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The consequences of driving when you don’t have car insurance depend on the state you live in. If you are an at-fault driver involved in an accident without car insurance, you might be facing hefty penalties like a license suspension, fines, or even jail time.

This article will explain state car insurance requirements and what could happen if you’re caught driving without insurance. We also provide brief recommendations for what we think are two of the best car insurance companies.

If you own a car, you most likely need to purchase a policy if you don't have car insurance, and the best way to find the cheapest price is to compare quotes. Getting car insurance quotes from multiple insurers is the only way to contextualize other options and offers. Enter your zip code into the quote comparison tool or call (844) 246-8209 to get started.


In this article:

If You Don’t Have Car Insurance, What Are The Consequences?

If you are caught on the roads when you don't have car insurance you could face penalties that include a suspended license, fines, and even jail time. First offense fines for driving without auto insurance range from $50 to $2,000 depending on the state.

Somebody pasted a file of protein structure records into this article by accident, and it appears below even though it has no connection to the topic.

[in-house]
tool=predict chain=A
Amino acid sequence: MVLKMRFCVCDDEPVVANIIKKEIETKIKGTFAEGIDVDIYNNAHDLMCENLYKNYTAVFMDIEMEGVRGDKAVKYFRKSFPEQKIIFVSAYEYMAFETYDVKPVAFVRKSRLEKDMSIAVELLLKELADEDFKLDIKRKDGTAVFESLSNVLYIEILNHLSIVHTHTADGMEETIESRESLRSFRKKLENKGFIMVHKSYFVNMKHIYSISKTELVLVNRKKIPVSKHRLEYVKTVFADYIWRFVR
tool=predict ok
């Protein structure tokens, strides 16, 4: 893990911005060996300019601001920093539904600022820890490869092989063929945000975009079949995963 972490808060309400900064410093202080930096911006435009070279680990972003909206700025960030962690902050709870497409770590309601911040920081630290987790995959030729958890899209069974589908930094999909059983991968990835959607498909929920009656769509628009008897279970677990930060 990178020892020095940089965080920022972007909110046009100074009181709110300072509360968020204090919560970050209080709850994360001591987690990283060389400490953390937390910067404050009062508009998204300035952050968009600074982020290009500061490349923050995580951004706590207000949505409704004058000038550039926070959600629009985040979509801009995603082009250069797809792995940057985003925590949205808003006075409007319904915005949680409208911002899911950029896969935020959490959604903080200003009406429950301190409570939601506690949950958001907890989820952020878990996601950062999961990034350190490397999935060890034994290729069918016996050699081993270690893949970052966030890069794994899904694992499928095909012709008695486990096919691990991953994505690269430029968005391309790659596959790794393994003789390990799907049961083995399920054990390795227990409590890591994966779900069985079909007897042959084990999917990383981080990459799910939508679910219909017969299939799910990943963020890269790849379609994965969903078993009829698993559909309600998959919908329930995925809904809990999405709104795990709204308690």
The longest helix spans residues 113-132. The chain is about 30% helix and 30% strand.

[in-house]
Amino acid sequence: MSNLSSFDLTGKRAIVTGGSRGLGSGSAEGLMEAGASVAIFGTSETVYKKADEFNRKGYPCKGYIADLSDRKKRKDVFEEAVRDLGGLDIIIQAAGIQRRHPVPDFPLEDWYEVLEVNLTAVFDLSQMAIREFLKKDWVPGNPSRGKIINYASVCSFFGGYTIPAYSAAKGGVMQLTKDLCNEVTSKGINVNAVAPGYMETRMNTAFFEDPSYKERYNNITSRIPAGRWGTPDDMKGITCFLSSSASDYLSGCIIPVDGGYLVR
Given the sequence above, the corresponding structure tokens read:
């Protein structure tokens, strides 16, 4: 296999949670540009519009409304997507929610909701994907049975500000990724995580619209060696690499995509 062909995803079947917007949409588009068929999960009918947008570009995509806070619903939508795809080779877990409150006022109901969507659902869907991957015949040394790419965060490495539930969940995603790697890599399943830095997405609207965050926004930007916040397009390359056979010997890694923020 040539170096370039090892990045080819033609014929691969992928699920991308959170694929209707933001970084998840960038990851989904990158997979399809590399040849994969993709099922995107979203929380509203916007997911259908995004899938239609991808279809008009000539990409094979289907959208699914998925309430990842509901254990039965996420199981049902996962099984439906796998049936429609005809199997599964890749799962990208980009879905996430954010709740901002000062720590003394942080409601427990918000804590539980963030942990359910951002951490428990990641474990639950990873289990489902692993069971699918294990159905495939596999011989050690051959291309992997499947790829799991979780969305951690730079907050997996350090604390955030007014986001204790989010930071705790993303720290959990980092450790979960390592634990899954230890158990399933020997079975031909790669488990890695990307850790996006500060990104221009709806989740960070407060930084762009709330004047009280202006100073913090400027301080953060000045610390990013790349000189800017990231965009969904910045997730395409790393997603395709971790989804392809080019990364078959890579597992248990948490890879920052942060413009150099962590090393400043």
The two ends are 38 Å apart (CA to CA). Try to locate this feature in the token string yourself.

If you own a car but don't drive it, you should still make sure it is insured. Lapses in coverage will lead to increased auto insurance rates and penalties down the road. Penalties for driving when you don't have car insurance are noted on your driving records and make it even more expensive to buy auto insurance.

Car Accidents Without Insurance

The consequences of getting into an accident without insurance can be severe. If you’re involved in an accident and don’t have insurance, this detail will almost certainly be discovered. In addition to the legal penalties mentioned above, you will also be vulnerable to a legal suit in event of an accident. The other driver may take you to civil court to recuperate property damage and medical bills for bodily injury.

As for your own car, driving without insurance means you have no guarantee that your repair bills will be covered. If you get into an accident and the other driver is at fault, their insurance will pay for your damages. However, if you do not have insurance, you may not be able to seek legal redress.

If you are in an accident with another driver that does not have insurance or has too little coverage, you may want to consider uninsured motorist coverage. 

No Pay, No Play Laws

The states listed below have what are called “no pay no play” laws. This means that if you don’t have insurance, you have no legal standing to demand compensation for an accident even if the other driver is at fault.